By Ted Smith
This year marks 18 years of gathering at City Hall in Victoria B.C. on April 20 to smoke copious amounts of cannabis. With an expected crowd of 2,000, it is one of the largest annual protests held in the provincial capital. Many wonder how it got so big.
The beginning of meeting at 4:20 pm to smoke cannabis goes back to 1971 at San Rafael High School. That fall a small group of high school kids decided they would meet when detention was over at 4:15 to go looking for some plants rumored to be growing nearby. After a few unsuccessful attempts, one of the crew pulled out a joint at the Louis Pasteur statue they choose as their meeting spot.
At some point 420 grew beyond the one high school. Grateful Dead fans in particular used it as a code for smoking herb. When I came to Vancouver and joined Hempology 101 in early 1995 the group was itching to hold a rally in the spring. Under the leadership of Hemp BC manager, Danna Rosek, April 20 was picked as the date for that event. I was the master of ceremonies. Keynote speakers included Marc Emery and Rev. Leroy Campbell, with several bands playing music for us in Victory Square, right across the street from Hemp BC.
When I moved to Victoria, Ian Hunter from the Sacred Herb was already organizing weekly 420 meetings, first downtown and then in Beacon Hill Park. In the spring of 1996, an event was held on April 20 in Beacon Hill. Unfortunately the police soon after broke up the weekly 420 meetings. In 1997 we only held a very small April 20 event with no advertising so the police would not bug us..
That changed in 1998, when a small group of about 50 young cannabis lovers decided it was time to make a stand. At 4:20 we gathered in a circle on the front lawn of City Hall on Douglas Street. Big joints were pulled out and smoked without a cop in sight. This during a time where there was almost constantly a police officer in Centennial Square.
The next year the group was much bigger and once again no police even drove by City Hall. It is unclear to me when the event got large enough for me to try and speak for a few minutes just before and after 4:20 pm. It is also uncertain when we began having a costume contest, giving out bongs from local headshops to the best costumes.
In many ways, the April 20 event in Victoria is much different that the one in Vancouver, which is unique in the world. We have never had a permit, which demands a lot of insurance and other expensive requirements, so there has never been power for bands nor the ability to bring in large food booths and other vendors. A few small vendors have popped up selling fruit, pipes and other goodies but these are generally pretty small and not connected to a business.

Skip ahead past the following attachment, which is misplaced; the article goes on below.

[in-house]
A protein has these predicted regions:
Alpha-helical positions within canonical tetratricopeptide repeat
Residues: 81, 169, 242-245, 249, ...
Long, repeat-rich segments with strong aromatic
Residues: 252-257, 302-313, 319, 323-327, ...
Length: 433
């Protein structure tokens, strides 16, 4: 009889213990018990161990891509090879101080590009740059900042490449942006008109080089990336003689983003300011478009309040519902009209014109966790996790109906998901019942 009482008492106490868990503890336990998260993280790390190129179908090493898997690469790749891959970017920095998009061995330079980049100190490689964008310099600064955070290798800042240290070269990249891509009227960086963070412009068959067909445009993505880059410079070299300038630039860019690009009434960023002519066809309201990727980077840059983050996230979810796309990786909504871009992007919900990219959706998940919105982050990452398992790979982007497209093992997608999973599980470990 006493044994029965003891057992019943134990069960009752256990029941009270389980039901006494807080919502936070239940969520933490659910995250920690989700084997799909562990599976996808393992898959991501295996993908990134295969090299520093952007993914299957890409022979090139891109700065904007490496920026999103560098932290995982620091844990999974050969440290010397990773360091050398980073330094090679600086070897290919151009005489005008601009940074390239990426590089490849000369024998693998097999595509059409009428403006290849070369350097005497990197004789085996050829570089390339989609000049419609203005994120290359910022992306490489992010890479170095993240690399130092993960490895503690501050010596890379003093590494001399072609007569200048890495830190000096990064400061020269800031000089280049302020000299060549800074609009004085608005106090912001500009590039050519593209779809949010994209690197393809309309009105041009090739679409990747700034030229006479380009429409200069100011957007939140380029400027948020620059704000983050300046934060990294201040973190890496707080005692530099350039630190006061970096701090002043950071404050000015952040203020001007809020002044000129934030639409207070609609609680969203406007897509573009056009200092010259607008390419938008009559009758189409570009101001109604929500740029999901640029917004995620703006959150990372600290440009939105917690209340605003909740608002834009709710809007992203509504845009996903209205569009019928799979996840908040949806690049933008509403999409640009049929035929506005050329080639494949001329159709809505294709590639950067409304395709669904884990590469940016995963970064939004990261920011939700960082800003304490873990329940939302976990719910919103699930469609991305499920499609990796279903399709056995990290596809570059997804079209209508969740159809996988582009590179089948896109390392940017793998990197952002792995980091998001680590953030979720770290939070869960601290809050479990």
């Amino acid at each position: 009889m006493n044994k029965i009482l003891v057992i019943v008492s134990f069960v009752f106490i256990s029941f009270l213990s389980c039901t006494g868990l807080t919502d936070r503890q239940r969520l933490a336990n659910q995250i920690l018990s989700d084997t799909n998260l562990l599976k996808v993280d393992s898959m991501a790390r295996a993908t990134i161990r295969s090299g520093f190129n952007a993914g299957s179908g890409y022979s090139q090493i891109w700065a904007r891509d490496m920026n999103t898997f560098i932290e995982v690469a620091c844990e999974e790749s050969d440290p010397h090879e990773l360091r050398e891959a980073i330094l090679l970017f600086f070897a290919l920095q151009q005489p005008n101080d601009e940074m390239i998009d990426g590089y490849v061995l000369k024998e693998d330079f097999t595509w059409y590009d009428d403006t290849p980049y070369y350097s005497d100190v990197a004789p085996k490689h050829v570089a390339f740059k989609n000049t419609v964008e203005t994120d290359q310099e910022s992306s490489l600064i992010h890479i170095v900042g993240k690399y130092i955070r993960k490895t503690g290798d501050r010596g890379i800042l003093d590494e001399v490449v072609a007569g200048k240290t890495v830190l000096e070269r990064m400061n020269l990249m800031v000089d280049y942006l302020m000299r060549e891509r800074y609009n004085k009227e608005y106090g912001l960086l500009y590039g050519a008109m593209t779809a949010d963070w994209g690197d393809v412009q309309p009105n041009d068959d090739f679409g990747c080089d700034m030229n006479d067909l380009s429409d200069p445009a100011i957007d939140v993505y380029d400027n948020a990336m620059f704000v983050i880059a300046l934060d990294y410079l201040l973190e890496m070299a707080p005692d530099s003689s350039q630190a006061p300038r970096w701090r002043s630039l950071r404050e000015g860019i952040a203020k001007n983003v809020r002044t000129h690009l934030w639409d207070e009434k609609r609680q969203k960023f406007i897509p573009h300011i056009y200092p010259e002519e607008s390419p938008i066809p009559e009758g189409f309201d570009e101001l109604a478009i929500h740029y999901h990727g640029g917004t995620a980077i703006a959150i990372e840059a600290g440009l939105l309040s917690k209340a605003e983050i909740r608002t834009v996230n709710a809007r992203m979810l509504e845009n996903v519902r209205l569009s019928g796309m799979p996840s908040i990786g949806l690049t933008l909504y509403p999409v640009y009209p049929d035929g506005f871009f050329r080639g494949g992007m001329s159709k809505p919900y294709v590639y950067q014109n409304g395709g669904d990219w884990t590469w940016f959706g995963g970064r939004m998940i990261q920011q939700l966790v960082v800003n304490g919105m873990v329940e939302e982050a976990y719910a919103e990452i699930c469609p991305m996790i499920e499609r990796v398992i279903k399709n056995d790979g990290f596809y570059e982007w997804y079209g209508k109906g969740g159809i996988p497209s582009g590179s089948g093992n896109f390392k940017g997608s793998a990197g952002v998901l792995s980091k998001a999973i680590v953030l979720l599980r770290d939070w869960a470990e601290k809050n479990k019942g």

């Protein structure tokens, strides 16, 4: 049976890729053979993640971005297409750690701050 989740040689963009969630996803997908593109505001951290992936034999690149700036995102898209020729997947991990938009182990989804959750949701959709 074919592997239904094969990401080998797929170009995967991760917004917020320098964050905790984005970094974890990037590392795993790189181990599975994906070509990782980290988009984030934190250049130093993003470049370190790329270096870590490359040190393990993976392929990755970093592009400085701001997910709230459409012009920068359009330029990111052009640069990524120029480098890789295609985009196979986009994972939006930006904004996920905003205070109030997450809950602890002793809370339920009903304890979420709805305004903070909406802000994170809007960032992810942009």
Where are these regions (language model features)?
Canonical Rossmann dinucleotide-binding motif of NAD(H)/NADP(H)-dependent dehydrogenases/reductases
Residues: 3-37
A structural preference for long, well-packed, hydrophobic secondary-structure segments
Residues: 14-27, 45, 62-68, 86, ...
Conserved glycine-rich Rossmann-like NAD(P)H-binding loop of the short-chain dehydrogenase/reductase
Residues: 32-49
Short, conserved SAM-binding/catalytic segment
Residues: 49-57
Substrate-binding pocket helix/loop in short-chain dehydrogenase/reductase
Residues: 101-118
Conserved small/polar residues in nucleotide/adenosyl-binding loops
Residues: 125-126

City council has spoken with me about 420 on a few occasions when I made my annual speech for International Medical Marijuana Day. There was a concern about how many young kids seemed to be skipping school so they could hang out all day in the square. While I would prefer the youth spent the day in school myself, the fact is so many high school kids take off the day that Vic High and the Vancouver School District have given students April 20 off, as it made little sense to have the school open with so few students in attendance. All I could promise the council was that I would be there to make sure there was no trouble among the youth or with the old drunks that generally live in the square. Since the police generally avoid the area for the day, it is better that they all gather where I can keep an eye on them and try to make sure they are not drinking alcohol, too.
There have been a couple of a times when we have actually had to call emergency services to 420. A few years ago a young girl jumped off a ledge, fell and hit her head on the cement wall, knocking herself out. The following year a young guy got a head rush and fell back, hitting his head on the cement fountains. Then last year, in the stupid stunt of the year, some kid lit a palm tree on fire, which I was almost able to put out with my bare hands but not quite. The fire department and police came to make sure the fire in the tree was put out. Luckily it happened after 4:20 pm and most of the crowd had already left.
Though it is on a Monday, there is no doubt that this year will be as large if not bigger than last year. For the past few years it has seemed like the numbers grew from about 1,600 to 1,700 in 2012, to approaching 2,000 last year. As each year passes, more and more people are making celebrating 420 a tradition, helping crowds swell around the world as people lose their fear of being seen smoking the herb in public.
Smoke ‘em if you got ‘em.